“We are the risk takers in the epilepsy research space.”
Susan Axelrod didn’t go looking for her career; it came knocking on her door, full force. The founding chair of Citizens United for Research in Epilepsy (CURE) has a deeply personal stake in the organization’s mission.
“When I was in business school I had a grand life plan, including the birth of my firstborn daughter. What was not in the plan—and what threw a lifelong curve ball at my family—was that she developed epilepsy at 7 months. And this wasn’t what you might envision when you think about epilepsy—a minor inconvenience, where drugs would control the seizures. This was epilepsy with a vengeance.”
As she and her family grappled with her daughter’s illness, Axelrod also saw the bigger picture and realized through connecting with other families that her situation was not unique.
“Fueled by the energy of meeting other people. I started to examine what was going on, how there can be so many people suffering. I found that there was very little money devoted to epilepsy research, and without more resources, it would be impossible to attract top-notch scientific talent to the field.”
“There was an enormous void, and I realized that someone needed to step in and mobilize patients, researchers, and our federal government. It’s an ongoing process to this day that requires vigilance, energy, passion, and resources.”
A trailblazer in an underserved field, Axelrod not only put a public spotlight on a little-understood illness, but also brought together scientists, medical professionals, and families in pursuit of innovative treatments and a cure. “In the epilepsy community, both in the patient population and the treating physician population, there was a complacency and an inexplicable willingness to accept the status quo,” she said.
Since Axelrod launched CURE in 1998, the organization has been at the forefront of epilepsy research, raising more than $43 million to fund research and other initiatives focused on a cure for epilepsy. CURE awards grants for young and established investigators and has funded more than 190 cutting-edge projects in 15 countries around the world to date.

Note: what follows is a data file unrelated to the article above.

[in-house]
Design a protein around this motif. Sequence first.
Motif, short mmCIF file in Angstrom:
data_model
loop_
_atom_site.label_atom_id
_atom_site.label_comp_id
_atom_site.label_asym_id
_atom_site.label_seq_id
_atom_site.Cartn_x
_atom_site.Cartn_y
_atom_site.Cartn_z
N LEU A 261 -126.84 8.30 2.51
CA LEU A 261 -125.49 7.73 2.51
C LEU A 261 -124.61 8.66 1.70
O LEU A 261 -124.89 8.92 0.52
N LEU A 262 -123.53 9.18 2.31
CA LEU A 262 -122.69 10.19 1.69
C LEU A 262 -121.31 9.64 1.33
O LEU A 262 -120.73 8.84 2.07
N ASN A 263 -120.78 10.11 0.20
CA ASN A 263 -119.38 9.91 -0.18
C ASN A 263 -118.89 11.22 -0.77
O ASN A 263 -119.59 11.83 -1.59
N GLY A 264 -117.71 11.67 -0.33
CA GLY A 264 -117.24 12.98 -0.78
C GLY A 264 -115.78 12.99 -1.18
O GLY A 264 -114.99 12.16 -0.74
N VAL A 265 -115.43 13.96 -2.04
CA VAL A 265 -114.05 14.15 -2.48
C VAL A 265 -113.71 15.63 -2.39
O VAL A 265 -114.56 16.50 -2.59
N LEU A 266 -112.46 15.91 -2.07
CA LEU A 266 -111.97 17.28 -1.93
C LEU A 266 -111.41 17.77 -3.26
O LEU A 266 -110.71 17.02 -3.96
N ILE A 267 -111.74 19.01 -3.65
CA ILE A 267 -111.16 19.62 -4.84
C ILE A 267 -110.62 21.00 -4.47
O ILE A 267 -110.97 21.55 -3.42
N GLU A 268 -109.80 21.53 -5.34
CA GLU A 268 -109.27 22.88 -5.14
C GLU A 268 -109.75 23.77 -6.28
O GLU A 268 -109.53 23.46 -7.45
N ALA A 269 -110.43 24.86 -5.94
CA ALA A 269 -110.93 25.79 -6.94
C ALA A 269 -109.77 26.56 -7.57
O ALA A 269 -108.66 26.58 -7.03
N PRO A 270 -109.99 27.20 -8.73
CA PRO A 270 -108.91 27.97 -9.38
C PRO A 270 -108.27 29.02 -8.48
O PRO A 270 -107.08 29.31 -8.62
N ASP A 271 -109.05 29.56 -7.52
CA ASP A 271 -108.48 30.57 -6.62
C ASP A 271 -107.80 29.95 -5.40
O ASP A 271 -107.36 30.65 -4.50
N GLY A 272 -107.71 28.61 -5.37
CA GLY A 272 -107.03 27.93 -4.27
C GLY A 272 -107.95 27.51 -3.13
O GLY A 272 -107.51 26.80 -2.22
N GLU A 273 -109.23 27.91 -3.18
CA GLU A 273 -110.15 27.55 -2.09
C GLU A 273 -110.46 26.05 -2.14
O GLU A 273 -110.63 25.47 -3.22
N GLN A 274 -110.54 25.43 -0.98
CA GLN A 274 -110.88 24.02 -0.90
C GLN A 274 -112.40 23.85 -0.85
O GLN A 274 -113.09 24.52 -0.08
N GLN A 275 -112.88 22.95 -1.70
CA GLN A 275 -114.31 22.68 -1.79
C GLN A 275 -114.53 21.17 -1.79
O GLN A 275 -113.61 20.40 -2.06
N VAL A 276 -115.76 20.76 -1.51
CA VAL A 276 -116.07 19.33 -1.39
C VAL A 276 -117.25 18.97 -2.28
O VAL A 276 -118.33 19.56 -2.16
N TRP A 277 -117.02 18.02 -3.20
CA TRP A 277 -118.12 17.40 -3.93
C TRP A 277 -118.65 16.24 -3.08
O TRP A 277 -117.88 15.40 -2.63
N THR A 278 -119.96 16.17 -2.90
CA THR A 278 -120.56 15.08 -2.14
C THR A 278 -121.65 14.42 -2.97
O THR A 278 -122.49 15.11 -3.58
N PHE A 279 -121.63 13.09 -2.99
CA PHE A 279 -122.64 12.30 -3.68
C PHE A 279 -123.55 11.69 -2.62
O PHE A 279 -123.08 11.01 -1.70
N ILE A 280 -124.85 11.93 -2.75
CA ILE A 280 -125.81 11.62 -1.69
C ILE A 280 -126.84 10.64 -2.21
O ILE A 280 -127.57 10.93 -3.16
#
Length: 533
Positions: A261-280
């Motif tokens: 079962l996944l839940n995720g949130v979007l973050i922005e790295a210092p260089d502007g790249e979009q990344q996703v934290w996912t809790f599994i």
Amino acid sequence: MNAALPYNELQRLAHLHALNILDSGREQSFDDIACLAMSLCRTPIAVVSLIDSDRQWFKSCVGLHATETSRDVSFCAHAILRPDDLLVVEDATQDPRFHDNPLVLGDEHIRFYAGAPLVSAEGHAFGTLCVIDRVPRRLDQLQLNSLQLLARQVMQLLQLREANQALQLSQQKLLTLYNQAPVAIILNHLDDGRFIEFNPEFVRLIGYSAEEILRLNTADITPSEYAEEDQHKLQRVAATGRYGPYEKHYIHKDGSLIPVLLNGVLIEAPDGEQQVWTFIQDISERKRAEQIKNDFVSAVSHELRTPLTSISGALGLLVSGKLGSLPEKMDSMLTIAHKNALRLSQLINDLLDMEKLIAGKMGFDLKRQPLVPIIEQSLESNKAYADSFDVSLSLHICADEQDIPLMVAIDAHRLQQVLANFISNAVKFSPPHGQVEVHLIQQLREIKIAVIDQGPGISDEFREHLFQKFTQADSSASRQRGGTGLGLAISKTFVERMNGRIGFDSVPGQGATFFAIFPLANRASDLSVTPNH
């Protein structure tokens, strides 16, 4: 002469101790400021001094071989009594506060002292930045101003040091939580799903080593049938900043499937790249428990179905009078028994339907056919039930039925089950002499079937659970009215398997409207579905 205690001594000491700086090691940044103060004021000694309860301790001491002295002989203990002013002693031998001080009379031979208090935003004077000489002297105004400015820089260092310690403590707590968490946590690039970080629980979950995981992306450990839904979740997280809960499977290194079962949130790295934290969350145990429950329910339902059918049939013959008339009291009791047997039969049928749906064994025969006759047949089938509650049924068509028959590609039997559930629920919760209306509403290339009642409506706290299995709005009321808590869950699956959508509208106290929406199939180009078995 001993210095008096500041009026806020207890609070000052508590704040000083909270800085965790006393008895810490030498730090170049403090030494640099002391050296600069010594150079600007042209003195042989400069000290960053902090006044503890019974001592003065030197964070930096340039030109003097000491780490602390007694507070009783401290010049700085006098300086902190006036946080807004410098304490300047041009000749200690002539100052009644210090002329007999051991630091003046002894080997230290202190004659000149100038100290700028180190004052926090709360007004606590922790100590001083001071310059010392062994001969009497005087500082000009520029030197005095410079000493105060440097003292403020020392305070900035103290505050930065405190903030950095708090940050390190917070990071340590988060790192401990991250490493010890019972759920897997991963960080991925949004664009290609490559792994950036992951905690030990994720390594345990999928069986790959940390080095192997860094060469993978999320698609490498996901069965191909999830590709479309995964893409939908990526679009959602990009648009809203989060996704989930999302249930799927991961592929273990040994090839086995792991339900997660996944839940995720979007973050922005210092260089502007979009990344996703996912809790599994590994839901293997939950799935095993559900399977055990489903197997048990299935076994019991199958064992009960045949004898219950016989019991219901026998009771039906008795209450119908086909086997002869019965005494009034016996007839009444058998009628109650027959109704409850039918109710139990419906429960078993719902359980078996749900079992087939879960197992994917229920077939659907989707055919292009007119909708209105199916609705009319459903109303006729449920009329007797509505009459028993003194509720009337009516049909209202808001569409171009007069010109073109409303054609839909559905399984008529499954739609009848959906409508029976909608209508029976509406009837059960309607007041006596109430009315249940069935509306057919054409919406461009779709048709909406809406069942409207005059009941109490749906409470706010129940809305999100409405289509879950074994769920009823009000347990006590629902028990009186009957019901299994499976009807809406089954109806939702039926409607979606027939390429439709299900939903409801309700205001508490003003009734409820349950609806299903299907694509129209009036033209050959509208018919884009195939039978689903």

The organization now boasts an internal scientific team of three accomplished epilepsy researchers who oversee and direct CURE’s research program.
Additionally, a Scientific Advisory Council of five national epilepsy specialists, along with 300 scientist volunteers lend their expertise to reviewing and evaluating funding opportunities
With the success of CURE, Axelrod has helped lead a dramatic shift in the epilepsy research community from simply treating seizures to enhancing understanding of underlying mechanisms and causes, so that cures and preventive strategies can be found. CURE’s research program is cutting-edge, dynamic, and responsive to new scientific opportunities and directions through both investigator-initiated grants and unprecedented scientific initiatives.
“I was completely driven by my daughter’s story, and by the agony of watching the struggles of so many others with epilepsy and their families—but it came down to using what I had learned through my education and realizing that bold action was required. Nothing ventured, nothing gained.”
“We have changed the conversation in the field, we altered the direction and goals of the research community as a whole, and we remain the risk takers in this space. That is not to say that we aren’t diligent shepherds of our research investments, but we prioritize innovation and cutting-edge approaches, because it is the only way we are going to continue to bring about the breakthroughs required to transform and save lives.”